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Funeral plans announced for famed Charleston restaurateur Martha Gadsden

Martha Lou Gadsden, who operated renowned Charleston restaurant Martha Lou's Kitchen for 37...
Martha Lou Gadsden, who operated renowned Charleston restaurant Martha Lou's Kitchen for 37 years, died early Thursday at 91.(Joyce Taylor)
Published: Apr. 8, 2021 at 10:59 AM EDT
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CHARLESTON, S.C. (WCSC) - The woman known for longtime Charleston soul food restaurant Martha Lou’s Kitchen will be laid to rest Friday.

Martha Gadsden died April 1 at 91.

A public walk-thru viewing for family and friends will be held Thursday from 2 p.m. to 6 p.m. at the Smith-McNeal Funeral Home, located at 2119 Dorchester Rd. in North Charleston, according to her obituary.

A celebration of life service will happen Friday with interment at Carolina Memorial Park on Rivers Avenue. Masks will be required for all attendees, the obituary states.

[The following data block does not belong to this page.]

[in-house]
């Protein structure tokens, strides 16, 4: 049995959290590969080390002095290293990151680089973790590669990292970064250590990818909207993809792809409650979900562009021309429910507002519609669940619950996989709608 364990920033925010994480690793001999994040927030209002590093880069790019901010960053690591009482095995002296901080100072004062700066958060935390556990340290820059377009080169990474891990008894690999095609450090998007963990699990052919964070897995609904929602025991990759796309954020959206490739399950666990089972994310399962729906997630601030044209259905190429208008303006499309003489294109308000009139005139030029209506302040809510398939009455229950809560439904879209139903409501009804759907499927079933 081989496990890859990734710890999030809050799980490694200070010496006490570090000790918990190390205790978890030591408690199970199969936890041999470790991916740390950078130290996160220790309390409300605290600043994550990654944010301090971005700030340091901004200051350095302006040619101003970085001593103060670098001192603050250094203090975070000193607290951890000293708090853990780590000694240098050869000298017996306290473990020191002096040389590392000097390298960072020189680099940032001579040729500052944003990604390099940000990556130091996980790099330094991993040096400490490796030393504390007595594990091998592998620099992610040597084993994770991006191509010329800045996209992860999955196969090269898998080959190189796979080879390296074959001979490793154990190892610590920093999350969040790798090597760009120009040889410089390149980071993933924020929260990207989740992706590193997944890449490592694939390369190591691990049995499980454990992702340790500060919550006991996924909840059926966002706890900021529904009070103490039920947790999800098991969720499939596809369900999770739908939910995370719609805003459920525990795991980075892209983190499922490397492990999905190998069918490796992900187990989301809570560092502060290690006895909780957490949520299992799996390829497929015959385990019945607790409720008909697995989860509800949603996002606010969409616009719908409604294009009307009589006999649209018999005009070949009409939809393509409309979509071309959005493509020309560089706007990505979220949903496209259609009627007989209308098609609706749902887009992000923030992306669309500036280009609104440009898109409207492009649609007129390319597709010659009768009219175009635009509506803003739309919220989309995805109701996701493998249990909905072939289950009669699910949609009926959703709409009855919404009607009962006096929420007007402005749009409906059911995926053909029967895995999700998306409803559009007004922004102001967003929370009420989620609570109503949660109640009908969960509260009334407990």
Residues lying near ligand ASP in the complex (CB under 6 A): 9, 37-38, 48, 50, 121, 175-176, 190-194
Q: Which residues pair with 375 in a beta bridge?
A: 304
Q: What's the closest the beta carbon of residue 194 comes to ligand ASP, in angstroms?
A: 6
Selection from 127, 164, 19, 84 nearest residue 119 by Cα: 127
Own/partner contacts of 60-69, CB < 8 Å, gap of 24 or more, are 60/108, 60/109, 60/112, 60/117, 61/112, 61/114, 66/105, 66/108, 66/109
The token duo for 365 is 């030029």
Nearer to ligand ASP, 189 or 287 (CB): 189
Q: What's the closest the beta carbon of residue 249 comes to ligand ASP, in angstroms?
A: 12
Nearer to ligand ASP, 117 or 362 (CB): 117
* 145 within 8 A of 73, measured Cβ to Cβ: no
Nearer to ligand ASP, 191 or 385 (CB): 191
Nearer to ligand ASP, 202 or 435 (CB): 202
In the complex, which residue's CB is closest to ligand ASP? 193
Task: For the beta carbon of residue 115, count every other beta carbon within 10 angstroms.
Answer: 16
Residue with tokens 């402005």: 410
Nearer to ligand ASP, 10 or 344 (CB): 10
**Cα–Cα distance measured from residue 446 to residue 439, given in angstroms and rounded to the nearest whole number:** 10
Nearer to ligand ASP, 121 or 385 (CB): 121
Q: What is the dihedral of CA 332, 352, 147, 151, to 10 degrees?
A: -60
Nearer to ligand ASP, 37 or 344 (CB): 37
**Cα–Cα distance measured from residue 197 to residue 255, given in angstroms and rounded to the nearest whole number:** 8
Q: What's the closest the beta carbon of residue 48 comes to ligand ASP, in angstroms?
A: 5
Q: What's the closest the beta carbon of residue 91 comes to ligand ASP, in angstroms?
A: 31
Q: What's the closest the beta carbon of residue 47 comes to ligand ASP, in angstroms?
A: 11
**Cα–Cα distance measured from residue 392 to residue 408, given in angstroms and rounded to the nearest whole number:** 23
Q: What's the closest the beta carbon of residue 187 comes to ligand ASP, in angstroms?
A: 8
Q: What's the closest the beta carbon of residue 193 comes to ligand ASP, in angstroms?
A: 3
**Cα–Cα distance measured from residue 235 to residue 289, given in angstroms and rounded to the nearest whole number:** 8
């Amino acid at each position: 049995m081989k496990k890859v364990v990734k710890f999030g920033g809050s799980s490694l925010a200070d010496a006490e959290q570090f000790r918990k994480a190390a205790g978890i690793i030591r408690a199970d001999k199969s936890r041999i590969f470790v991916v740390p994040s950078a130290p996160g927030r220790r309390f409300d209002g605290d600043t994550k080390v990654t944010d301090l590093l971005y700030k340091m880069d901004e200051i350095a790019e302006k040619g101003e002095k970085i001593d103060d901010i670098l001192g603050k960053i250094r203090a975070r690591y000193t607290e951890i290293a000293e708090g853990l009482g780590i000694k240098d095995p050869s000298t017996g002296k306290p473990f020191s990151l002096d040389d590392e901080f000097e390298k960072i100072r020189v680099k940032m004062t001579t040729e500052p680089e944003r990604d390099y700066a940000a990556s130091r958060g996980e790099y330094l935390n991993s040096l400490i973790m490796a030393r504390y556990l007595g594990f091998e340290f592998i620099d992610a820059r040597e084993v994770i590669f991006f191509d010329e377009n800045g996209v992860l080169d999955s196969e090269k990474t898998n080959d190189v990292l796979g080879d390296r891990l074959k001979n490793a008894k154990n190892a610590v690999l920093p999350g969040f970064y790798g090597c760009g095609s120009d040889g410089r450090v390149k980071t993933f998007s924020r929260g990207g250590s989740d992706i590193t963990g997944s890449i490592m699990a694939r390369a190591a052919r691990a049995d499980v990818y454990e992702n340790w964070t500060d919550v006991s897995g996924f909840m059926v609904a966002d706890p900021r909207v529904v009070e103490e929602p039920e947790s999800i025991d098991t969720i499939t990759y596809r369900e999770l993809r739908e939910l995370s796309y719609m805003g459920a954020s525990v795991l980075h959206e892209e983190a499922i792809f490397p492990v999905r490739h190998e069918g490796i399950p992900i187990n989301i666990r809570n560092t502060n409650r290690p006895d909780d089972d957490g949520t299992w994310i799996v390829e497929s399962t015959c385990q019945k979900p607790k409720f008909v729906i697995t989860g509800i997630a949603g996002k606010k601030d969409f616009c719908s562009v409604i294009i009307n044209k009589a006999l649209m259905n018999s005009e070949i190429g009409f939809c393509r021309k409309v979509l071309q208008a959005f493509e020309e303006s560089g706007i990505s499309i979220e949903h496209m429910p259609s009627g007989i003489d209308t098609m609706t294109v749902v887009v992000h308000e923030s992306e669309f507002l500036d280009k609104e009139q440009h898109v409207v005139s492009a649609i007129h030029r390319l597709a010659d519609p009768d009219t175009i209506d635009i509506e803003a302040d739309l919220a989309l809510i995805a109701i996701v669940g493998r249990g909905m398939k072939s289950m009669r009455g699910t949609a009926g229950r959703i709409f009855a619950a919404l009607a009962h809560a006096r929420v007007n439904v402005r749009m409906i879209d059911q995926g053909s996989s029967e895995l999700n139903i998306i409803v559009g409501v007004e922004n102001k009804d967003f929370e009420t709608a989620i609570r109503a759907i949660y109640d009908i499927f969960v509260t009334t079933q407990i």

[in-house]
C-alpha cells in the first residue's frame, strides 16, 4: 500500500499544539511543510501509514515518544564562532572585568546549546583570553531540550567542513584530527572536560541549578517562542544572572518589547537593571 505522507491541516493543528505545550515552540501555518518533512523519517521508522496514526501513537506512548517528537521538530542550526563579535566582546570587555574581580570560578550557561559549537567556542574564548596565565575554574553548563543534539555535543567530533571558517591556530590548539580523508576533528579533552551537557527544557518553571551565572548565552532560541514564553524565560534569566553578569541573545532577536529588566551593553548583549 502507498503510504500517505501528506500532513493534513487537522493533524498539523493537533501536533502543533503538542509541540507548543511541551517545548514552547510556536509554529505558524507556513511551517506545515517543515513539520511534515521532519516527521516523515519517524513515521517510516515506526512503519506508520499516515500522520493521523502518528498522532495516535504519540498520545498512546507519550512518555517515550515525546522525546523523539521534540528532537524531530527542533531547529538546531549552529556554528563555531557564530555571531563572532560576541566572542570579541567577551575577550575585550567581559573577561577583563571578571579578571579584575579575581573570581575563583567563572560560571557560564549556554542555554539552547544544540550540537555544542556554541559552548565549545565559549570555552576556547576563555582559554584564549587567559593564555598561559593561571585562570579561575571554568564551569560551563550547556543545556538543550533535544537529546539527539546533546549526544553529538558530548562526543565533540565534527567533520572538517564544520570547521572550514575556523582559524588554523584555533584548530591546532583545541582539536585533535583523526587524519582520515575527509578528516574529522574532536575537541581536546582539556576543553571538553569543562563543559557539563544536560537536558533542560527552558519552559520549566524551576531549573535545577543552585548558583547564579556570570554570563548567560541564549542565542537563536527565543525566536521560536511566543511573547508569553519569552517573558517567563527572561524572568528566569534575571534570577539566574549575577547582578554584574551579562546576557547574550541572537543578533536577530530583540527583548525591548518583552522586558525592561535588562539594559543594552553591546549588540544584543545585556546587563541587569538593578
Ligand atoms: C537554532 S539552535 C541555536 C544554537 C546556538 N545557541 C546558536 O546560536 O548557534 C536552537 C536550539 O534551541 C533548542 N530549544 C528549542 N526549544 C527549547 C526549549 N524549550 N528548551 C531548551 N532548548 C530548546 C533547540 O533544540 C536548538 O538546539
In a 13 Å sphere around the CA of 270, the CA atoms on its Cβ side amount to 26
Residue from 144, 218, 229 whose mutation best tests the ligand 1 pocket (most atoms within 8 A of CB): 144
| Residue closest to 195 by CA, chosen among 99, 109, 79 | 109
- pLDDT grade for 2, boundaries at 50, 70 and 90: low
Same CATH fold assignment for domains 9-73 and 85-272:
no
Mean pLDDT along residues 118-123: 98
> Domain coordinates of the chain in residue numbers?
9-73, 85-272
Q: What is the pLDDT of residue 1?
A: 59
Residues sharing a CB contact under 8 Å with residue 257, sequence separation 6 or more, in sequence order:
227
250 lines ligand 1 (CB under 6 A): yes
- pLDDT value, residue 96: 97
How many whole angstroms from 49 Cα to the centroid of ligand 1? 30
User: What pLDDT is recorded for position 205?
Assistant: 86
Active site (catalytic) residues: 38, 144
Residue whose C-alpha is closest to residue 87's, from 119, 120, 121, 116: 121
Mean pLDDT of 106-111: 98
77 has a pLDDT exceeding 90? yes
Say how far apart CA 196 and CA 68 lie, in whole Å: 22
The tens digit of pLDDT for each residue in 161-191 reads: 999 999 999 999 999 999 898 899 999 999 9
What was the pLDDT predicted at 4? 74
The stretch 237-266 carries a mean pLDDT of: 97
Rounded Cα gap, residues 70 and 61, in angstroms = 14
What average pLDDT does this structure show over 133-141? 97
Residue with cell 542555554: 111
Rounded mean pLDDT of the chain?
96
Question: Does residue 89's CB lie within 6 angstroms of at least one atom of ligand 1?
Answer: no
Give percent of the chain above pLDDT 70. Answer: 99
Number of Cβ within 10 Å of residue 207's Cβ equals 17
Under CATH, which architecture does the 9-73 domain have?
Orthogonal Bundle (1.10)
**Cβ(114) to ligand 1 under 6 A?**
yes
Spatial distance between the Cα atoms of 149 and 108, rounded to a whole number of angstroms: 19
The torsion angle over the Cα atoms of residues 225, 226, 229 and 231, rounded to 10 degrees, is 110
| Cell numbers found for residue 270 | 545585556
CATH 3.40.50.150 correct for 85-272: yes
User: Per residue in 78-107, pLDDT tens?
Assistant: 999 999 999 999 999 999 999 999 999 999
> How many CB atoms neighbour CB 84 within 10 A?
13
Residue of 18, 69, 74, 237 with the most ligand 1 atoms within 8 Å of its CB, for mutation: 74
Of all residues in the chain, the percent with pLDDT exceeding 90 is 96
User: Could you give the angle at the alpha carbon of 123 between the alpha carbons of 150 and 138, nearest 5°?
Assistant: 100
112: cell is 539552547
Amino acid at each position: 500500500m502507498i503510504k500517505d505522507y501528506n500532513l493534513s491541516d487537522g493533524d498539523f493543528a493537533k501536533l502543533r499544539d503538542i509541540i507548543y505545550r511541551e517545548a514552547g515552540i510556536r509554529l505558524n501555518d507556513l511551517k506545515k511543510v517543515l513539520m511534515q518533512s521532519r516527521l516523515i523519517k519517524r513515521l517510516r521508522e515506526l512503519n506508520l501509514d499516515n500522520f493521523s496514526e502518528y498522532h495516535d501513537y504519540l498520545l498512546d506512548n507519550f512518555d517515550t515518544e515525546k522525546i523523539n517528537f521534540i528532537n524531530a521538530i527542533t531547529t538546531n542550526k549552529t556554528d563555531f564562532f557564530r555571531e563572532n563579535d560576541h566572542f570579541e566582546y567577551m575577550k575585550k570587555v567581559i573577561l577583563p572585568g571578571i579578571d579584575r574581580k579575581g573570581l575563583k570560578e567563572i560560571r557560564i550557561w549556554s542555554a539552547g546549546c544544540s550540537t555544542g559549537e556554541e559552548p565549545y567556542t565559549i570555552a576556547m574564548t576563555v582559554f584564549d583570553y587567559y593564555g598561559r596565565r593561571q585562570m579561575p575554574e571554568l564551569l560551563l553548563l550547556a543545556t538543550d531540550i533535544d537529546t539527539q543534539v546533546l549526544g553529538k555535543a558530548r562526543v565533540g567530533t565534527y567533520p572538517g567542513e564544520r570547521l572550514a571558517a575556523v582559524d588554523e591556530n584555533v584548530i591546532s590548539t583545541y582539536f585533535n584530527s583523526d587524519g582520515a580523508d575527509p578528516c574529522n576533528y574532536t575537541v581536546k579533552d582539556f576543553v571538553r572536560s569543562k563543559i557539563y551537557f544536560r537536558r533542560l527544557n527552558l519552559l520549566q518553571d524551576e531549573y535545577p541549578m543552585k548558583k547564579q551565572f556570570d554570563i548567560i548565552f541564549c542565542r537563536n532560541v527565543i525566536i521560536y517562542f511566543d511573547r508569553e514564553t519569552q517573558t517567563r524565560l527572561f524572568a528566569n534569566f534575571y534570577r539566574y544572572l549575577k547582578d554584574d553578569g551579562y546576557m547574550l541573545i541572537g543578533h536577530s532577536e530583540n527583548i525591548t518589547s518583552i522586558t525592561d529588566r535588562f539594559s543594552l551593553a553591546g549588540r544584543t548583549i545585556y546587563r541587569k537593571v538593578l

Martha Lou Gadsden, whose Martha Lou's Kitchen earned praise from around the country, died...
Martha Lou Gadsden, whose Martha Lou's Kitchen earned praise from around the country, died early Thursday morning at age 91.(Lowcountry Weekend)

Gadsden received critical acclaim from the Lowcountry, across the state and even in the New York Times, the Food Network and the Travel Channel.

The restaurateur’s eatery on Morrison Drive was a staple in the Charleston food scene for 37 years until it was forced to shut down last September when the land on which it stood sold to a developer.

State Rep. Wendell Gilliard called Martha Lou’s Kitchen one of the last traditional black-owned restaurants on the Charleston peninsula.

Gadsden, when asked about plans to open a new location, said she was “too old” to get started again.

During a 2013 visit to “Bounce Around Charleston,” she said she learned by doing when it came to cooking.

“I had nine children and raising your children, you have to know how to cook,” she said. “And I like to cook. So I cook.”

Her oldest daughter, Joyce Taylor, said last week Gadsden wasn’t afraid to speak up if you didn’t follow her rules in the kitchen.

“She knew how to put in that special flavor, but she had no qualms about telling you, ‘That’s not right’ or, ‘That doesn’t taste good,’” Taylor said.

Gadsden celebrated her 91st birthday in March and Taylor said the family threw her a party.

She is survived by her children, Joyce C. Taylor (Jerome), Rodney C. Gadsden (Linda), Debra S. Worthy, Ruth G. Gregory, James S. Gadsden, Lillie Mae Gadsden, Clayton L. Gadsden and Bernard E. Gadsden (Dorothea); a host of grandchildren, great grandchildren, nieces, nephews, other relatives and friends.

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